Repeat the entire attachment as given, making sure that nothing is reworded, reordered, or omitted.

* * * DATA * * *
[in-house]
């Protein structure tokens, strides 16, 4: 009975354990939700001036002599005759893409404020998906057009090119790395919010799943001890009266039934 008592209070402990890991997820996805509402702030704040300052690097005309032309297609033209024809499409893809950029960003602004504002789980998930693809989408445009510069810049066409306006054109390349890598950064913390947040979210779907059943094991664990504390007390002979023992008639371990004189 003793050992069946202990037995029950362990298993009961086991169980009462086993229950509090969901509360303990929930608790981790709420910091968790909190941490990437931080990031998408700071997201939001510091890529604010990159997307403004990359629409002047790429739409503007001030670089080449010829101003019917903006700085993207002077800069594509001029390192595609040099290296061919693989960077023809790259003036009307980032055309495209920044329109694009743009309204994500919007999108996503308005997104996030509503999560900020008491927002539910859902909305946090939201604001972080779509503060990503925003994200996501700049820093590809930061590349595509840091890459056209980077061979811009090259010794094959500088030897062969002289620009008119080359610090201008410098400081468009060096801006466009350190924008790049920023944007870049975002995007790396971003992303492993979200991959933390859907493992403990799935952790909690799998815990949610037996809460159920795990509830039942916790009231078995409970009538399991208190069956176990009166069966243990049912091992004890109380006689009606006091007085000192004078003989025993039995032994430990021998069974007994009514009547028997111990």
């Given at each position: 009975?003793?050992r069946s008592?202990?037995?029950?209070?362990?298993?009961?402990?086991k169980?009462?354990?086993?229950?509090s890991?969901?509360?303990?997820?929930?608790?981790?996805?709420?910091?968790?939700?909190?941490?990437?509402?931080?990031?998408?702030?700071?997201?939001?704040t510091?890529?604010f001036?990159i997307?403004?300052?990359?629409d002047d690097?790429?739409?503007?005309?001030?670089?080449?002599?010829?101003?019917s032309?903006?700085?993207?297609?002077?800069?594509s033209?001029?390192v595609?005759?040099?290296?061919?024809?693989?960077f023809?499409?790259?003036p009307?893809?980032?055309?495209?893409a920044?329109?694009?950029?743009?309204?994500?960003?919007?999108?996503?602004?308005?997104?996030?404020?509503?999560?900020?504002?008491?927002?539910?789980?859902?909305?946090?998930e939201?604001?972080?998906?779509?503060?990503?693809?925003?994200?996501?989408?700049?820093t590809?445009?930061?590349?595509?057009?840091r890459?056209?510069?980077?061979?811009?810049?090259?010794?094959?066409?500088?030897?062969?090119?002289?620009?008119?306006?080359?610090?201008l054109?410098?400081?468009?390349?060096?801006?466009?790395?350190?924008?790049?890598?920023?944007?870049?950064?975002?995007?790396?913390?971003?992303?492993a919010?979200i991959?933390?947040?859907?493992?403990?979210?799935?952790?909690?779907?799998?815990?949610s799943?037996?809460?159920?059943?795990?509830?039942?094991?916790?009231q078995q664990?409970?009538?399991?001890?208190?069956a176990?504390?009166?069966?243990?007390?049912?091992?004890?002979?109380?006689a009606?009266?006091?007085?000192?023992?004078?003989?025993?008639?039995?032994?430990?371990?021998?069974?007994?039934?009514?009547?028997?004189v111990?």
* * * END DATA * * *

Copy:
[in-house]
């Protein structure tokens, strides 16, 4: 009975354990939700001036002599005759893409404020998906057009090119790395919010799943001890009266039934 008592209070402990890991997820996805509402702030704040300052690097005309032309297609033209024809499409893809950029960003602004504002789980998930693809989408445009510069810049066409306006054109390349890598950064913390947040979210779907059943094991664990504390007390002979023992008639371990004189 003793050992069946202990037995029950362990298993009961086991169980009462086993229950509090969901509360303990929930608790981790709420910091968790909190941490990437931080990031998408700071997201939001510091890529604010990159997307403004990359629409002047790429739409503007001030670089080449010829101003019917903006700085993207002077800069594509001029390192595609040099290296061919693989960077023809790259003036009307980032055309495209920044329109694009743009309204994500919007999108996503308005997104996030509503999560900020008491927002539910859902909305946090939201604001972080779509503060990503925003994200996501700049820093590809930061590349595509840091890459056209980077061979811009090259010794094959500088030897062969002289620009008119080359610090201008410098400081468009060096801006466009350190924008790049920023944007870049975002995007790396971003992303492993979200991959933390859907493992403990799935952790909690799998815990949610037996809460159920795990509830039942916790009231078995409970009538399991208190069956176990009166069966243990049912091992004890109380006689009606006091007085000192004078003989025993039995032994430990021998069974007994009514009547028997111990």
């Given at each position: 009975?003793?050992r069946s008592?202990?037995?029950?209070?362990?298993?009961?402990?086991k169980?009462?354990?086993?229950?509090s890991?969901?509360?303990?997820?929930?608790?981790?996805?709420?910091?968790?939700?909190?941490?990437?509402?931080?990031?998408?702030?700071?997201?939001?704040t510091?890529?604010f001036?990159i997307?403004?300052?990359?629409d002047d690097?790429?739409?503007?005309?001030?670089?080449?002599?010829?101003?019917s032309?903006?700085?993207?297609?002077?800069?594509s033209?001029?390192v595609?005759?040099?290296?061919?024809?693989?960077f023809?499409?790259?003036p009307?893809?980032?055309?495209?893409a920044?329109?694009?950029?743009?309204?994500?960003?919007?999108?996503?602004?308005?997104?996030?404020?509503?999560?900020?504002?008491?927002?539910?789980?859902?909305?946090?998930e939201?604001?972080?998906?779509?503060?990503?693809?925003?994200?996501?989408?700049?820093t590809?445009?930061?590349?595509?057009?840091r890459?056209?510069?980077?061979?811009?810049?090259?010794?094959?066409?500088?030897?062969?090119?002289?620009?008119?306006?080359?610090?201008l054109?410098?400081?468009?390349?060096?801006?466009?790395?350190?924008?790049?890598?920023?944007?870049?950064?975002?995007?790396?913390?971003?992303?492993a919010?979200i991959?933390?947040?859907?493992?403990?979210?799935?952790?909690?779907?799998?815990?949610s799943?037996?809460?159920?059943?795990?509830?039942?094991?916790?009231q078995q664990?409970?009538?399991?001890?208190?069956a176990?504390?009166?069966?243990?007390?049912?091992?004890?002979?109380?006689a009606?009266?006091?007085?000192?023992?004078?003989?025993?008639?039995?032994?430990?371990?021998?069974?007994?039934?009514?009547?028997?004189v111990?």